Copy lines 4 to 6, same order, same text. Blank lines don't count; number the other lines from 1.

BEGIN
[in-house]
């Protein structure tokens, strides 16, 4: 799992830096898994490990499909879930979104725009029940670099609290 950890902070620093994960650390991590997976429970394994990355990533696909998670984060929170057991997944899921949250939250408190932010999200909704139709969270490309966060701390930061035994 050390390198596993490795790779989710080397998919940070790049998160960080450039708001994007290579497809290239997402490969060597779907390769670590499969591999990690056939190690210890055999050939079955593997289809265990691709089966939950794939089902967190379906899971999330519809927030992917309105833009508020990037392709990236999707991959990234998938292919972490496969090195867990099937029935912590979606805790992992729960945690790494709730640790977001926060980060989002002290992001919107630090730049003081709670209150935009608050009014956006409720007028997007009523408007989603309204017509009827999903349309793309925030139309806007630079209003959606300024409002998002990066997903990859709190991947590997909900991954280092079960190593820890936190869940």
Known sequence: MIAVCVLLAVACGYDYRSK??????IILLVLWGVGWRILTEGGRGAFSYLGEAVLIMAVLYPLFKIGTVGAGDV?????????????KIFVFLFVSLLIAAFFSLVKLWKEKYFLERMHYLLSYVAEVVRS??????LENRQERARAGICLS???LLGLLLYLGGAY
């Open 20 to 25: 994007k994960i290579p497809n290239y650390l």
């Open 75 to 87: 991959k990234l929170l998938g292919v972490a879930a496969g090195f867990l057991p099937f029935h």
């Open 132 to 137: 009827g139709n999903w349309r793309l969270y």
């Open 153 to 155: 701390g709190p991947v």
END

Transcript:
């Open 20 to 25: 994007k994960i290579p497809n290239y650390l």
């Open 75 to 87: 991959k990234l929170l998938g292919v972490a879930a496969g090195f867990l057991p099937f029935h």
């Open 132 to 137: 009827g139709n999903w349309r793309l969270y």